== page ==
Fermented foods help fight infection and boost the immune system. They also help improve the condition of the skin and increase energy levels. And they have a powerful effect on brain health too, helping to relieve depression and anxiety.

Miso and tempeh are made from fermented soybeans and are packed with nutrients and beneficial microorganisms. Add miso to hot (not boiling) water to make soup and slice up tempeh to eat with salads or in sandwiches.

Sauerkraut and kimchi are made from fermented cabbage and are great energy boosters.

Kombucha is a fermented tea that contains several strains of beneficial bacteria.

Kefir and yogurt are made from fermented milk and are full of beneficial enzymes and probiotics. They are also a good source of protein and are rich in calcium, whilst being very low in lactose, so they are well tolerated even by those who are lactose intolerant.


Garlic is one of the oldest cultivated plants in the world and, apart from being used the world over to add flavor to various food dishes, it has been prized for its medicinal properties for thousands of years.

There are almost 100 different nutrients in garlic including various B vitamins, vitamin C and the minerals manganese, copper, selenium, calcium, zinc, potassium, magnesium – and many more. The main medicinal properties of garlic however come from its rich variety of sulfur containing compounds, of which allicin is the most important.

Garlic is particularly good for cardiovascular health as it has been shown to lower LDL cholesterol and triglycerides as well as reduce platelet aggregation. But garlic is also a potent cancer fighting agent and it has powerful antibacterial, antiviral and antifungal properties too. In fact allicin has been shown to be very effective against a wide variety of disease causing organisms, including the super-bacteria MRSA.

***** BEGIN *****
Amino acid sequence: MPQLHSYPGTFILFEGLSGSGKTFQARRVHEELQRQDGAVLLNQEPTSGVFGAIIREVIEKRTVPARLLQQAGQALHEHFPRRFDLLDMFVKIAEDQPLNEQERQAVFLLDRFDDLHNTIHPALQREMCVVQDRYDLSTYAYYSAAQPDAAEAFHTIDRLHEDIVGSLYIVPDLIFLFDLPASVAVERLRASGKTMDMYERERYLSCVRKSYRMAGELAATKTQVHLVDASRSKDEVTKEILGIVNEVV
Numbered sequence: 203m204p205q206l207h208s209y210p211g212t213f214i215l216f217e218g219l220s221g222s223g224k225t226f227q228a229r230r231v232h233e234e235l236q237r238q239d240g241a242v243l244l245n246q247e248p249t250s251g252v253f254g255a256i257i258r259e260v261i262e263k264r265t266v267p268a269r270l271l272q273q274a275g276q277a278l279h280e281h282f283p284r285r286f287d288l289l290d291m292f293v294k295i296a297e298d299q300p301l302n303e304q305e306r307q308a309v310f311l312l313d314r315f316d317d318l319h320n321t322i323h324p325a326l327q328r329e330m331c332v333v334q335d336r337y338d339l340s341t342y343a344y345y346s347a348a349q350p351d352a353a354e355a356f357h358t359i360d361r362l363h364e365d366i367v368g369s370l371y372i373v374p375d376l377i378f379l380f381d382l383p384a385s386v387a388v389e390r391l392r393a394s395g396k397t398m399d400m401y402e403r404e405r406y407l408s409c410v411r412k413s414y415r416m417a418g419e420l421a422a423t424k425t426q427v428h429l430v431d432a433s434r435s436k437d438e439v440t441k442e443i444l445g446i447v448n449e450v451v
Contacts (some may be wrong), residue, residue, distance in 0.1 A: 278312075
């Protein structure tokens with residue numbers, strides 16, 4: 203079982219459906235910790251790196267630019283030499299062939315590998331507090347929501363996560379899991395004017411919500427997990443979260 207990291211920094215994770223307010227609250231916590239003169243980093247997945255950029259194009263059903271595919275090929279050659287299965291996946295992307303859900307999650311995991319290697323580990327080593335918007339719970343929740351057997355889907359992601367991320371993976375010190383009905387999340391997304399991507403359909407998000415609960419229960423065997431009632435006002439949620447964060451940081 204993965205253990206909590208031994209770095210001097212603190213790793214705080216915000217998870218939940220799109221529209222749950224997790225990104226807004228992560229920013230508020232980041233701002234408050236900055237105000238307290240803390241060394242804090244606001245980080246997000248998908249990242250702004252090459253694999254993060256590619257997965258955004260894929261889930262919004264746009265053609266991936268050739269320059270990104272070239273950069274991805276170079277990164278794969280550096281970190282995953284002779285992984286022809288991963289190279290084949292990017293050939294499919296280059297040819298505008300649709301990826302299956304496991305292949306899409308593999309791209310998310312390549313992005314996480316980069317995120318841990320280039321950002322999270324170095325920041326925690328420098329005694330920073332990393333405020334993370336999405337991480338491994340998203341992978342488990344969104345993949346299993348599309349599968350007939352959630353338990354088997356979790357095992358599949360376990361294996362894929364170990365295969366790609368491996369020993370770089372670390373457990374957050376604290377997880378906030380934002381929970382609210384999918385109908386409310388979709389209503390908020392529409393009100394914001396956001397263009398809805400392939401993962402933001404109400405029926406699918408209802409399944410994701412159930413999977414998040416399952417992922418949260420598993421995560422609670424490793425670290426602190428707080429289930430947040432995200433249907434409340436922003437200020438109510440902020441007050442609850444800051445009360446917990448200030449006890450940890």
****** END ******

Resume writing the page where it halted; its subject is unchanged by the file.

Green Tea

Green tea is high in polyphenol antioxidants, the most notable of which is epigallocatechin gallate (EGCG), and it is this that is responsible for most of its health benefits. It also contains a small amount of caffeine together with two other mild stimulants, theobromine and theophylline.

By drinking green tea regularly you can reduce your risk of cardiovascular disease and certain types of cancer. Green tea also improves oral health and can help prevent or reduce cognitive decline in the elderly. And on top of this it speeds up the metabolism a little and can increase fat burning during exercise, so it can be useful in helping you to lose weight. Check out my article on the health benefits of green tea if you want to know more.

Honey (Raw)

Honey is not only a delicious alternative to sugar; it’s also very good for you. Apart from glucose and fructose, honey contains a wide range of minerals together with enzymes and antioxidant phytonutrients with cancer fighting properties.

Honey also helps boost the immune system and it is good for digestive system health. It has antibacterial, antiviral and antifungal properties and it helps enhance athletic performance and improve recovery times. It needs to be raw though as most of the health benefits are lost during the processing procedure.


Kiwis are one of the most nutrient dense fruits there is. They are an excellent source of vitamin C and they also contain a good amount of potassium, copper, vitamin A, vitamin E and vitamin K. On top of this they are rich in cancer fighting flavonoid and carotenoid antioxidants as well as soluble fiber which promotes good intestinal health.